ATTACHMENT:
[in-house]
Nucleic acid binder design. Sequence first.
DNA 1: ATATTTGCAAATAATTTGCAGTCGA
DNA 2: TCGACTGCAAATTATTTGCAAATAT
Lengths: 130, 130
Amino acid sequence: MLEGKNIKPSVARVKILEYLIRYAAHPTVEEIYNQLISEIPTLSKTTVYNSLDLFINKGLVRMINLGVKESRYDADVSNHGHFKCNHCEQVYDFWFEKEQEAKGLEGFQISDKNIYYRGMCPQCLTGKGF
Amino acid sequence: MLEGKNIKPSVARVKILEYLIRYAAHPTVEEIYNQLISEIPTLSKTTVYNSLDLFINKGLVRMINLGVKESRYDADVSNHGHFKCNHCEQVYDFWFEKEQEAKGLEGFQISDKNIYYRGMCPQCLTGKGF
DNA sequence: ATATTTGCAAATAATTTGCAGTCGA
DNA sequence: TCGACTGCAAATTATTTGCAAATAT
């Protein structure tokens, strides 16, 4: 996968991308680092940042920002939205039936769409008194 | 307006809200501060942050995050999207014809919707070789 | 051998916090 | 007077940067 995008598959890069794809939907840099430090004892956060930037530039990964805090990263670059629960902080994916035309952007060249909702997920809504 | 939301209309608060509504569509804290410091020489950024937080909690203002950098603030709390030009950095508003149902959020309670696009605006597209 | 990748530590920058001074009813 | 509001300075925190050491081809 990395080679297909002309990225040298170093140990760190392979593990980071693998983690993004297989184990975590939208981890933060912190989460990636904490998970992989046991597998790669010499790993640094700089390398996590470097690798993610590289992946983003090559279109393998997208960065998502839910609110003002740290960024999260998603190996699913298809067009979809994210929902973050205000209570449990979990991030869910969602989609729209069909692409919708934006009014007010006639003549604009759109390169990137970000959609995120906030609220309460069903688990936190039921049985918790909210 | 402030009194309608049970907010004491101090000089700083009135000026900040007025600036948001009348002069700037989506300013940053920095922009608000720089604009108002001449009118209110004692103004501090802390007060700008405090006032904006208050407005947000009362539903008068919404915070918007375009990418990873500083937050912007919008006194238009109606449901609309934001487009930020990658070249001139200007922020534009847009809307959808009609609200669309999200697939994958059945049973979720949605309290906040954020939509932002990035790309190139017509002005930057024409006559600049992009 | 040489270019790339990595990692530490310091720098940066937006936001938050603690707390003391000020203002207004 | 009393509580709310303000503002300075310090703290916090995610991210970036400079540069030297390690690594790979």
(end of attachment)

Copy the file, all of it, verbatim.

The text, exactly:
[in-house]
Nucleic acid binder design. Sequence first.
DNA 1: ATATTTGCAAATAATTTGCAGTCGA
DNA 2: TCGACTGCAAATTATTTGCAAATAT
Lengths: 130, 130
Amino acid sequence: MLEGKNIKPSVARVKILEYLIRYAAHPTVEEIYNQLISEIPTLSKTTVYNSLDLFINKGLVRMINLGVKESRYDADVSNHGHFKCNHCEQVYDFWFEKEQEAKGLEGFQISDKNIYYRGMCPQCLTGKGF
Amino acid sequence: MLEGKNIKPSVARVKILEYLIRYAAHPTVEEIYNQLISEIPTLSKTTVYNSLDLFINKGLVRMINLGVKESRYDADVSNHGHFKCNHCEQVYDFWFEKEQEAKGLEGFQISDKNIYYRGMCPQCLTGKGF
DNA sequence: ATATTTGCAAATAATTTGCAGTCGA
DNA sequence: TCGACTGCAAATTATTTGCAAATAT
């Protein structure tokens, strides 16, 4: 996968991308680092940042920002939205039936769409008194 | 307006809200501060942050995050999207014809919707070789 | 051998916090 | 007077940067 995008598959890069794809939907840099430090004892956060930037530039990964805090990263670059629960902080994916035309952007060249909702997920809504 | 939301209309608060509504569509804290410091020489950024937080909690203002950098603030709390030009950095508003149902959020309670696009605006597209 | 990748530590920058001074009813 | 509001300075925190050491081809 990395080679297909002309990225040298170093140990760190392979593990980071693998983690993004297989184990975590939208981890933060912190989460990636904490998970992989046991597998790669010499790993640094700089390398996590470097690798993610590289992946983003090559279109393998997208960065998502839910609110003002740290960024999260998603190996699913298809067009979809994210929902973050205000209570449990979990991030869910969602989609729209069909692409919708934006009014007010006639003549604009759109390169990137970000959609995120906030609220309460069903688990936190039921049985918790909210 | 402030009194309608049970907010004491101090000089700083009135000026900040007025600036948001009348002069700037989506300013940053920095922009608000720089604009108002001449009118209110004692103004501090802390007060700008405090006032904006208050407005947000009362539903008068919404915070918007375009990418990873500083937050912007919008006194238009109606449901609309934001487009930020990658070249001139200007922020534009847009809307959808009609609200669309999200697939994958059945049973979720949605309290906040954020939509932002990035790309190139017509002005930057024409006559600049992009 | 040489270019790339990595990692530490310091720098940066937006936001938050603690707390003391000020203002207004 | 009393509580709310303000503002300075310090703290916090995610991210970036400079540069030297390690690594790979």